In the first reading we see the preaching of Paul. It is probable that Paul never knew Jesus prior when He was crucified and resurrected but came to know Him when Jesus appeared to Paul on the road to Damascus. Despite not having known Jesus during Jesus’s earthly ministry, Paul’s heart clearly was on fire. Twenty centuries later, one can almost hear the power of his voice urgently proclaiming the Good News that Jesus died to atone for our sins.
And then we have Thomas in the Gospel. Thomas is apparently the disciple who wants to make sure that everything is in order before being convinced. Before being sure that Jesus actually rose, he wanted to touch his hands and sides. Then, even in the face of Jesus’s soothing words that the Father’s house has many rooms and that Jesus will come back to guide the disciples home, this isn’t good enough for Thomas; he wants to know exactly where Jesus is going for fear that Thomas will get left behind.
Of course it’s easy to admire Paul and belittle Thomas, but I know I have a lot of Thomas in me and I bet I’m not alone. It seems clear to me that Thomas wasn’t in any way a person lacking in faith. He was just a bit of a worrier. He worried about what would happen the next day and about whether Jesus and God would really be there for him. I imagine he worried about a lot of the things that many of us do.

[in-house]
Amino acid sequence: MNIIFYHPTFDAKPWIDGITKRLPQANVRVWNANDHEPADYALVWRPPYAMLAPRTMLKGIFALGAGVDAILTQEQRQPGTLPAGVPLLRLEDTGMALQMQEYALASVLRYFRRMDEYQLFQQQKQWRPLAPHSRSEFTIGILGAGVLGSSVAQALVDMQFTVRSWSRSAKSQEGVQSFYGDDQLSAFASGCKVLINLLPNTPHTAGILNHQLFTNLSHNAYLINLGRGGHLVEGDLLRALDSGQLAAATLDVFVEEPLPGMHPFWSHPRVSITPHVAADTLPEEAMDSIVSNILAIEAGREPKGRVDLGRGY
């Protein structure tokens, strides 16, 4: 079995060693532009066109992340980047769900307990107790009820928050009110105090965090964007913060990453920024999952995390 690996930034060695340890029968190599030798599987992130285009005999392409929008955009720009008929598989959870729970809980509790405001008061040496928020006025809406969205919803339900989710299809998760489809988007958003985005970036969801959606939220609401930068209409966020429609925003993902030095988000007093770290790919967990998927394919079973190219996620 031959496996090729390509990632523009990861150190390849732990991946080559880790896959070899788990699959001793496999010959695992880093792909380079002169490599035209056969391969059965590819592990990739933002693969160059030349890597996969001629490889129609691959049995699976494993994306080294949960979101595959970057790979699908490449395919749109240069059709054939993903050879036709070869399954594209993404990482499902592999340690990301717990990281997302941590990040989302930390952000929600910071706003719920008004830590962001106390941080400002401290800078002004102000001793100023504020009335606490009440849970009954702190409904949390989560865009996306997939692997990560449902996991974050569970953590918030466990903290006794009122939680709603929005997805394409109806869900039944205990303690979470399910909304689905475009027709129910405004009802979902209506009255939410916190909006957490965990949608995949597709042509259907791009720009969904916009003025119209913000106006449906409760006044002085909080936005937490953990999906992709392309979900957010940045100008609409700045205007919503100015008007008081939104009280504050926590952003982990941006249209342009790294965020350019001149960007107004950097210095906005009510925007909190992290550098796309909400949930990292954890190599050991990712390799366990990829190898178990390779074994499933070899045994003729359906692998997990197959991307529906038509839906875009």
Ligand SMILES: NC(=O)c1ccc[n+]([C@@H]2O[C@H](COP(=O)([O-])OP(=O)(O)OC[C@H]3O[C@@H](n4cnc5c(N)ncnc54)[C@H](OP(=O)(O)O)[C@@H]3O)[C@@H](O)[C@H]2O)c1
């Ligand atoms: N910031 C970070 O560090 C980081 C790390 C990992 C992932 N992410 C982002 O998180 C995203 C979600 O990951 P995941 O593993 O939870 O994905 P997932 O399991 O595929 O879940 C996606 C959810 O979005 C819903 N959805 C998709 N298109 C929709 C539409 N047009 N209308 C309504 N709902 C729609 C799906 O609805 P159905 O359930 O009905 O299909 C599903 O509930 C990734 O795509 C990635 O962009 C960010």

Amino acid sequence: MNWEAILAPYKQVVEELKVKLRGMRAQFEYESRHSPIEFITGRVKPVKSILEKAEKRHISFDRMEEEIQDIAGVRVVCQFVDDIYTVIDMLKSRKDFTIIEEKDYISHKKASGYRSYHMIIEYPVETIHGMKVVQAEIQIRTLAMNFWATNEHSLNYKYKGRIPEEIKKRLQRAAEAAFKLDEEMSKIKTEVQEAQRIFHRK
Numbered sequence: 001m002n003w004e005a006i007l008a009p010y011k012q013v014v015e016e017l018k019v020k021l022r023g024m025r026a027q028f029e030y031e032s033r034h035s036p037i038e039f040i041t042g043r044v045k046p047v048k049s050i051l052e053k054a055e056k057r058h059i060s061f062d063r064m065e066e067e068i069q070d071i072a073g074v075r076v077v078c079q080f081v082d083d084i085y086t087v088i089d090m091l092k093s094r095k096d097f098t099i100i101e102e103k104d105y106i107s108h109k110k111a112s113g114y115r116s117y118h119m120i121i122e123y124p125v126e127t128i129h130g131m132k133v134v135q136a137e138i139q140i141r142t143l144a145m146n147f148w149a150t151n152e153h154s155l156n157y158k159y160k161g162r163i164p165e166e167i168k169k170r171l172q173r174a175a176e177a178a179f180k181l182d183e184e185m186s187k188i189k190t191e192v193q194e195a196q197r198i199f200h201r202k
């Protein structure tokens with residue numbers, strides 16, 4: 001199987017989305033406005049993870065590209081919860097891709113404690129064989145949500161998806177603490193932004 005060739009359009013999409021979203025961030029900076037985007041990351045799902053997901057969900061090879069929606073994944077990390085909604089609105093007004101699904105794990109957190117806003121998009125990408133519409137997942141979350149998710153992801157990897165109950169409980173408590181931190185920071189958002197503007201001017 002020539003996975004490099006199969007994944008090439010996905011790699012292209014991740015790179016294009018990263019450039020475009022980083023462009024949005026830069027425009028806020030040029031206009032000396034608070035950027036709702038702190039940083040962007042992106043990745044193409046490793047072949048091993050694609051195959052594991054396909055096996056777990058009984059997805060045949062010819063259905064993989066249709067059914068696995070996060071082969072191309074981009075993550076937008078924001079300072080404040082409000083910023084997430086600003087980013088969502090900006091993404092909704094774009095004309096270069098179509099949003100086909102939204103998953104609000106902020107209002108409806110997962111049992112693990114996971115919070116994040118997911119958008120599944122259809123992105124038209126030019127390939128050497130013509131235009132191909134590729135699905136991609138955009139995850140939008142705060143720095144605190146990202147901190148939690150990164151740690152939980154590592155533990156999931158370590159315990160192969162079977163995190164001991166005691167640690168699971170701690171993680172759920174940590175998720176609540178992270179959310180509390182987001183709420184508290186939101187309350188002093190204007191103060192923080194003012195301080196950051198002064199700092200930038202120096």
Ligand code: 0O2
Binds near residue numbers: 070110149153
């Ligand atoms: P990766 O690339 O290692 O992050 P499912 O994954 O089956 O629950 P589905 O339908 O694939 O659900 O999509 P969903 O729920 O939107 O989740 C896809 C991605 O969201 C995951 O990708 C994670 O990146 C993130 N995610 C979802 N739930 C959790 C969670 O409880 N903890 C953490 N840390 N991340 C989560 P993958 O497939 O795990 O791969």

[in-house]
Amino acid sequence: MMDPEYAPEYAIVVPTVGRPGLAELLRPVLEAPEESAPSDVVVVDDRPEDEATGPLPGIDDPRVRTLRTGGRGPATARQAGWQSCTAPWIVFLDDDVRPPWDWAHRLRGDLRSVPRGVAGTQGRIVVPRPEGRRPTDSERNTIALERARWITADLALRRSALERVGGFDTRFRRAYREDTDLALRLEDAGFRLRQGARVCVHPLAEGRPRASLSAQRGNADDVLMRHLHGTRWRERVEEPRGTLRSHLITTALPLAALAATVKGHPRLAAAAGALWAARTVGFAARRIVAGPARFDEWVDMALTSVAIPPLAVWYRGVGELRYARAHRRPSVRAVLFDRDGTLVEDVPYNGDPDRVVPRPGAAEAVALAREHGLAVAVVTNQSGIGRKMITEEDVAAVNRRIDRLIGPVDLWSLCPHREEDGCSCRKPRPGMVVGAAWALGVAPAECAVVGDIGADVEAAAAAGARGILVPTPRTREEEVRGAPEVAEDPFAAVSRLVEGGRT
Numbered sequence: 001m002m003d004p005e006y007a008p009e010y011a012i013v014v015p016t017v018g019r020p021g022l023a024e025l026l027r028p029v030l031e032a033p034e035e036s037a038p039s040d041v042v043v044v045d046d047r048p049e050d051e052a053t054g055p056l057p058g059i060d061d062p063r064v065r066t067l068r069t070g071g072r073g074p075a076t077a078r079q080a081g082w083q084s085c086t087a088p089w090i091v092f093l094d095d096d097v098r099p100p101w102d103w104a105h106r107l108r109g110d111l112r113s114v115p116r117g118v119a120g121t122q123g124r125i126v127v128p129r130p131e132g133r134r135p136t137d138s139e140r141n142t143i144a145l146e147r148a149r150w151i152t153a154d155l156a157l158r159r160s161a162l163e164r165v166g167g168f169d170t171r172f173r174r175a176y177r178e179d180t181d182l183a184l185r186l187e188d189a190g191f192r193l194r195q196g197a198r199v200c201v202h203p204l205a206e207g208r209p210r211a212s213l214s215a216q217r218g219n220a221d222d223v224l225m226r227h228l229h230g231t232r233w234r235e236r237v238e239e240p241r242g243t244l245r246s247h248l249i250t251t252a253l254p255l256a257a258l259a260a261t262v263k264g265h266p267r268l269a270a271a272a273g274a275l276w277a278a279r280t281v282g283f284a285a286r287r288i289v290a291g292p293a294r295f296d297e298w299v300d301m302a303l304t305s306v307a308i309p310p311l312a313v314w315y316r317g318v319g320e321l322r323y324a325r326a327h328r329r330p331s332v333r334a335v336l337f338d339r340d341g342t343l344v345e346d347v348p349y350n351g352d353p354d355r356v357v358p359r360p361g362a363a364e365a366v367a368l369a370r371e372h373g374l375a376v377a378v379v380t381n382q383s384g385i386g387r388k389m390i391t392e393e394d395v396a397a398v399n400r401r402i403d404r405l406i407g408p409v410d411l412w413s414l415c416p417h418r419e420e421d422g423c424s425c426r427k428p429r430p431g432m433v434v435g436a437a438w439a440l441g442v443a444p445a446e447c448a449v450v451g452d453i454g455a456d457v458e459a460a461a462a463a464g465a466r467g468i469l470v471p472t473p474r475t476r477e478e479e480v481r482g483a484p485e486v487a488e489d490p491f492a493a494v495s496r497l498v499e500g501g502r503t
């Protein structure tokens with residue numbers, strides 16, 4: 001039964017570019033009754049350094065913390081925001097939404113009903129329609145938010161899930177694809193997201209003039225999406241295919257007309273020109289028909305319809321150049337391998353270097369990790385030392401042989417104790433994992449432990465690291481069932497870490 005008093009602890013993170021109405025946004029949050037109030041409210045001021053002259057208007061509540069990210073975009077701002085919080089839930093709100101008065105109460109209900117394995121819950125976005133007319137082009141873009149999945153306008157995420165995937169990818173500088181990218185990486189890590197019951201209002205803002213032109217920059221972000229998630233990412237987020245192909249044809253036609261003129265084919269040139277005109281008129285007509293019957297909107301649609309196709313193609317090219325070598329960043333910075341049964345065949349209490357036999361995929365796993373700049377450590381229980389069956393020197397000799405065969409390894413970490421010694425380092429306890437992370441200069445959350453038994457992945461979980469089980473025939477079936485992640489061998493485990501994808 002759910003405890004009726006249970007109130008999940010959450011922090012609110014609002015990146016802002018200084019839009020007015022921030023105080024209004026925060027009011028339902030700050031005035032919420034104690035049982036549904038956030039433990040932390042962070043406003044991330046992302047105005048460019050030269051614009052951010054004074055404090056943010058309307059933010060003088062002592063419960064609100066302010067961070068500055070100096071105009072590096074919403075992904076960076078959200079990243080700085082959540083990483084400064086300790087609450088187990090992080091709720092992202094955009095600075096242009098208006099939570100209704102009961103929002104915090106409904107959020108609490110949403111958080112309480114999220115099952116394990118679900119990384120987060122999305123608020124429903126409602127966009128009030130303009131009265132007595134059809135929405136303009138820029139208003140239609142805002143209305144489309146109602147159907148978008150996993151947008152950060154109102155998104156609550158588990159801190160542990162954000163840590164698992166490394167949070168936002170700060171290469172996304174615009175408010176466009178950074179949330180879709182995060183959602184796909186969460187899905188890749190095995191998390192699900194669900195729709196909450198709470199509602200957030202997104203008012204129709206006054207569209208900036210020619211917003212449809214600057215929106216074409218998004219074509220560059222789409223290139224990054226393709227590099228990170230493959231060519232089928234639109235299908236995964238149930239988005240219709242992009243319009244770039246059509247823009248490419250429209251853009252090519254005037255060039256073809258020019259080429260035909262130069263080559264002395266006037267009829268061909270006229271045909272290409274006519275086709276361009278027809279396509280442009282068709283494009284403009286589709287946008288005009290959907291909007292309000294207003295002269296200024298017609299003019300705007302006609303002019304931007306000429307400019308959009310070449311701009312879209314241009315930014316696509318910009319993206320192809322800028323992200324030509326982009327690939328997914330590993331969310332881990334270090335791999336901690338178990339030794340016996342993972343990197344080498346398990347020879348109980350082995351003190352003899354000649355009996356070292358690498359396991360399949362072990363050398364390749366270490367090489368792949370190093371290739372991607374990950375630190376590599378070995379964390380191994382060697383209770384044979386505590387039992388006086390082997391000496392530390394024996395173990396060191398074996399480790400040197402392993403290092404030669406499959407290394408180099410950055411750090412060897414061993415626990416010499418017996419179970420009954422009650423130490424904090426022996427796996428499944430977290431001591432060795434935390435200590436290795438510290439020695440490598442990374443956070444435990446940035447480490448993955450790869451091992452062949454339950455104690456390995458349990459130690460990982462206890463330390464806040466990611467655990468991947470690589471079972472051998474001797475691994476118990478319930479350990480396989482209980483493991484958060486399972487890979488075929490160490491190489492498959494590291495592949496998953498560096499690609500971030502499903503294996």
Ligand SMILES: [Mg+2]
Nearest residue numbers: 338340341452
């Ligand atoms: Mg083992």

There aren’t really that many Pauls among us. I know I’d have a hard time running into a place of worship and boldly proclaiming the Resurrection to a bunch of people that I didn’t know. But that was Paul’s great gift.
We all have gifts and we all fail to use them at various points in our lives. Maybe that makes us all a little bit like Thomas. But look how much Jesus loved Thomas, because rather than rebuking him Jesus responds with one of the most loving passages in the Gospels: ““I am the way and the truth and the life. No one comes to the Father except through me.”
If Jesus was there for Thomas he’s here for us now.
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